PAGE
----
About Loyola Law School
Established in 1920, Loyola Law School is among the first law schools established in Southern California. During its early years, Loyola operated as a part-time evening school, and classes were taught by a part-time faculty comprised of judges and practicing attorneys. In 1929, a day division was added.
Loyola Law School is a well-respected source of outstanding lawyers for the Southern California region and has emerged in the past decades as an important source of legal talent for the national and international markets. The 74 members of Loyola's full-time faculty of law are drawn from among the finest attorneys and academics in the nation. Loyola's curriculum is one of breadth and depth, its evening program one of the most highly regarded in the nation and its academic support programs one of the most innovative in the US.
Loyola Law School Los Angeles is part of Loyola Marymount University, the only Jesuit and Marymount Catholic University in Los Angeles. LMU is known for its challenging liberal arts and sciences curriculum and a commitment to strong social and ethical values.
An Introduction to the Loyola Law School Campus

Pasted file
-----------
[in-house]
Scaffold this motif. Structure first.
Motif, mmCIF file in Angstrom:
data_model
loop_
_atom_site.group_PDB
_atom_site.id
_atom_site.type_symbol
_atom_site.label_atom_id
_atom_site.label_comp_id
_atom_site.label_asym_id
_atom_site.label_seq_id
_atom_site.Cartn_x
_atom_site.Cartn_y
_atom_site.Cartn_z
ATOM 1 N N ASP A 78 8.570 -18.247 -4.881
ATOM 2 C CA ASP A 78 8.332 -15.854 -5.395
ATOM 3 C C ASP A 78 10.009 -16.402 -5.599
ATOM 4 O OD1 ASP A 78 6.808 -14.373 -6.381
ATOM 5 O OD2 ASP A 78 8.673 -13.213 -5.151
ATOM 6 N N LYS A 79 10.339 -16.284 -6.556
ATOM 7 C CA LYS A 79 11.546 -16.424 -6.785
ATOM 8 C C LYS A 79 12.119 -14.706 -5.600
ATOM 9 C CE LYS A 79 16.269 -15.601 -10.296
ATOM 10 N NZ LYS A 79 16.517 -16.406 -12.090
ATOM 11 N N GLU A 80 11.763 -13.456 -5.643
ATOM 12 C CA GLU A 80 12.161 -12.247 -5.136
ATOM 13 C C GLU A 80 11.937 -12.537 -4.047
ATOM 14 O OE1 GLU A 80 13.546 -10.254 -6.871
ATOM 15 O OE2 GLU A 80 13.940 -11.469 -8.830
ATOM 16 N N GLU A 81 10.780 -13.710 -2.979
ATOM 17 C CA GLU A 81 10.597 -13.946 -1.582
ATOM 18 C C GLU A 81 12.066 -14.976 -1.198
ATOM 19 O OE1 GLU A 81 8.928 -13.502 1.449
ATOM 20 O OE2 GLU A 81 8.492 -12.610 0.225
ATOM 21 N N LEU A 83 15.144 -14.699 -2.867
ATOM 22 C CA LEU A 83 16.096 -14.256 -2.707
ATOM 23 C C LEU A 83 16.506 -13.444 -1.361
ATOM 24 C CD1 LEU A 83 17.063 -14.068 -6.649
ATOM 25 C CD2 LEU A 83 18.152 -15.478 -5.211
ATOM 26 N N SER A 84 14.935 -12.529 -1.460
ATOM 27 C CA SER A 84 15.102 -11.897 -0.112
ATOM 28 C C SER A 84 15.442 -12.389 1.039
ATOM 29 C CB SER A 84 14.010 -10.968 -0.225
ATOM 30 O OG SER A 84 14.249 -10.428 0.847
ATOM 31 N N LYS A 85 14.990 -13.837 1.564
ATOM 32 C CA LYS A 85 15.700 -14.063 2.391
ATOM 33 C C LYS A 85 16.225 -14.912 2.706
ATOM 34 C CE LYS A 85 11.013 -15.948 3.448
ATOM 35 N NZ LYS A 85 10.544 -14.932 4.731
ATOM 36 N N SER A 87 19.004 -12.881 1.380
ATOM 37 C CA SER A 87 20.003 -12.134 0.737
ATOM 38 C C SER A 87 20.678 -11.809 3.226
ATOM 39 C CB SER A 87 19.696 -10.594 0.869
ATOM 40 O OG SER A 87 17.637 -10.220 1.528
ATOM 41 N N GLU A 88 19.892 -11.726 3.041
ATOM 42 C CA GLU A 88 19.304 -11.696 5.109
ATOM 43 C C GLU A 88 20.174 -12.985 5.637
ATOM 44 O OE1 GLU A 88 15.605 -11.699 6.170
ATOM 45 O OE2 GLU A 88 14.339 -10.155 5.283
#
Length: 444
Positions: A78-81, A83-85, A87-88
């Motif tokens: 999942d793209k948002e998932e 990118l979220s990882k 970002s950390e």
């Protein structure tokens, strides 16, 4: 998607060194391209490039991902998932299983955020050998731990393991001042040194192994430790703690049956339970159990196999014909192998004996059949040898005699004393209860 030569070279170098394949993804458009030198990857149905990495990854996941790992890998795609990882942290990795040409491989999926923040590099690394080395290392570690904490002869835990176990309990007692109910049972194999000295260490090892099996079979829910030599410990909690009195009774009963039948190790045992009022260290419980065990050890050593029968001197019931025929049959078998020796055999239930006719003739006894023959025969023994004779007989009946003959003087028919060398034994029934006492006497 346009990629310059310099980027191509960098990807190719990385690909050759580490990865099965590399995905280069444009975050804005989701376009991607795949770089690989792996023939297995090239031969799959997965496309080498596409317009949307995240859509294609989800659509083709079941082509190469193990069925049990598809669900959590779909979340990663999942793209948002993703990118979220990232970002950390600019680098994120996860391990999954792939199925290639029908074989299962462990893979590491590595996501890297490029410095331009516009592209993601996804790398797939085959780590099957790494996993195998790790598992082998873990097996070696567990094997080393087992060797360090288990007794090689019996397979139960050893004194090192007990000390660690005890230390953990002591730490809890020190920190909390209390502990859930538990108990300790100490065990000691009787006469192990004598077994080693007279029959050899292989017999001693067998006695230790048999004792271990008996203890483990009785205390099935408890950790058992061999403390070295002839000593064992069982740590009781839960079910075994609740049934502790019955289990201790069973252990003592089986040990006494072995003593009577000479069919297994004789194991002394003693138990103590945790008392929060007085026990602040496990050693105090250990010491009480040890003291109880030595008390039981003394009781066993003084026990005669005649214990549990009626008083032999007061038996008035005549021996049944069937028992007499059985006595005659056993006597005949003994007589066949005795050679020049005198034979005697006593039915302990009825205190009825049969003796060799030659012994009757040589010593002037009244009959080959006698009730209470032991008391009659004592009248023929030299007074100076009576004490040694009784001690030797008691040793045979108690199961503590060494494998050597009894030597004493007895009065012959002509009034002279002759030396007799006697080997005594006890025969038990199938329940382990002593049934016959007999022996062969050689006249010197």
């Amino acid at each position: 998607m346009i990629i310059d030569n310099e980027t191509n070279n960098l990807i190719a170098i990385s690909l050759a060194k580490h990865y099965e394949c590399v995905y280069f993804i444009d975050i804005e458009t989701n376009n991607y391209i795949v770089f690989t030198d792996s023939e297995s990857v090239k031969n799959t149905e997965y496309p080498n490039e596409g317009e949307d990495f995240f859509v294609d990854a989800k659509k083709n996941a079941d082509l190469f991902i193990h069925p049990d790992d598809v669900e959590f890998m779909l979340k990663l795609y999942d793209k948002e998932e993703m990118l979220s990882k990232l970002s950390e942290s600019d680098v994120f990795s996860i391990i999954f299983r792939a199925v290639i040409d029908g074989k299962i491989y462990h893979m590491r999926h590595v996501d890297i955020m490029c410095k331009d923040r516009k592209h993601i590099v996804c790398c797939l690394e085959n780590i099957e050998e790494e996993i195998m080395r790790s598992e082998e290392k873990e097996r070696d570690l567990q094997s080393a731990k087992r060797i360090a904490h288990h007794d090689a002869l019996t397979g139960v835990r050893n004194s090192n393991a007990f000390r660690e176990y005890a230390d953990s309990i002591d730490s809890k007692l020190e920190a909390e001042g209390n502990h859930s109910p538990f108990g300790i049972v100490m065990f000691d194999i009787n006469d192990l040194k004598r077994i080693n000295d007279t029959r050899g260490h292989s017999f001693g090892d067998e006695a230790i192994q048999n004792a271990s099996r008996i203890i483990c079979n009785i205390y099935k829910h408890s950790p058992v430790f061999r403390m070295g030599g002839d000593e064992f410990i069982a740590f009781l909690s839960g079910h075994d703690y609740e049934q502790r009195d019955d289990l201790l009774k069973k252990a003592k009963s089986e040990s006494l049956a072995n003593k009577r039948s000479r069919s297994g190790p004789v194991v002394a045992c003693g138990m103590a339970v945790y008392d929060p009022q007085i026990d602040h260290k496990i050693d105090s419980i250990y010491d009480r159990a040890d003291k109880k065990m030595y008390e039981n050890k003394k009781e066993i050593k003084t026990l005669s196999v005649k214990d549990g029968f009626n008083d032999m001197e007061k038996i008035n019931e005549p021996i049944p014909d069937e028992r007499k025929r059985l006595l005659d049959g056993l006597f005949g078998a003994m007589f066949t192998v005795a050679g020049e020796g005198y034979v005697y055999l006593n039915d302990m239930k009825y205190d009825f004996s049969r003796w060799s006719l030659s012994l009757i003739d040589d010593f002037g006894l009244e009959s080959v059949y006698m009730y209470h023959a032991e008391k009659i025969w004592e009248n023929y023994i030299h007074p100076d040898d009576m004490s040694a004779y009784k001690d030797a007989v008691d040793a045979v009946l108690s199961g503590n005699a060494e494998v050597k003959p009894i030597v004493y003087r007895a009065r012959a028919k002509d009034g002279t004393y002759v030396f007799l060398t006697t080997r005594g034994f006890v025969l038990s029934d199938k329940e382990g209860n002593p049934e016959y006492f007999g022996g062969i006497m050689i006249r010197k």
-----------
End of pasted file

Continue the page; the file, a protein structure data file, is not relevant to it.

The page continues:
Frank O. Gehry is one of the most significant architects of our time, in fact in 2009, The Los Angeles Times has called Gehry “the most famous architect in the world, by a healthy margin.” His body of work includes the Guggenheim Museum Bilbao, the Walt Disney Concert Hall in Los Angeles and the Experience Music Project in Seattle. In 1989, Gehry received the Pritzker Prize, architecture's most prestigious honor.
But in 1978, when Loyola chose Gehry to construct its new campus, he was not yet known as an international star. The project would be the impetus for Gehry’s work to grow from domestic to public scale. At the time, Loyola was a law school with only one building--what is now the William M. Rains Library. Gehry transformed the Law School from one building to a full campus—designing a series of contemporary buildings clustered around a central plaza. The relationship between Frank Gehry and Loyola Law School has been a long one; ground broke on his first design in 1979 and his latest additions to campus have continued into the 21st century.
Integral to Gehry’s connection with Loyola was the late Robert Benson, Emeritus Professor of Law at Loyola Law School. He was a member of the committee that selected Frank Gehry as campus architect in 1979 and has worked amidst these designs in the decades following. In 2010, Professor Benson explored Gehry’s designs in his book, Frank Gehry’s Loyola Law School: an Architectural Tour.
The following online architectural tour highlights some of the unique artistic features of Gehry’s work found through the Loyola Law School campus and is accompanied by excerpts from the late Professor Robert Benson’s book, which are denoted with *.
Loyola Law School
919 Albany St.
Los Angeles, CA 90015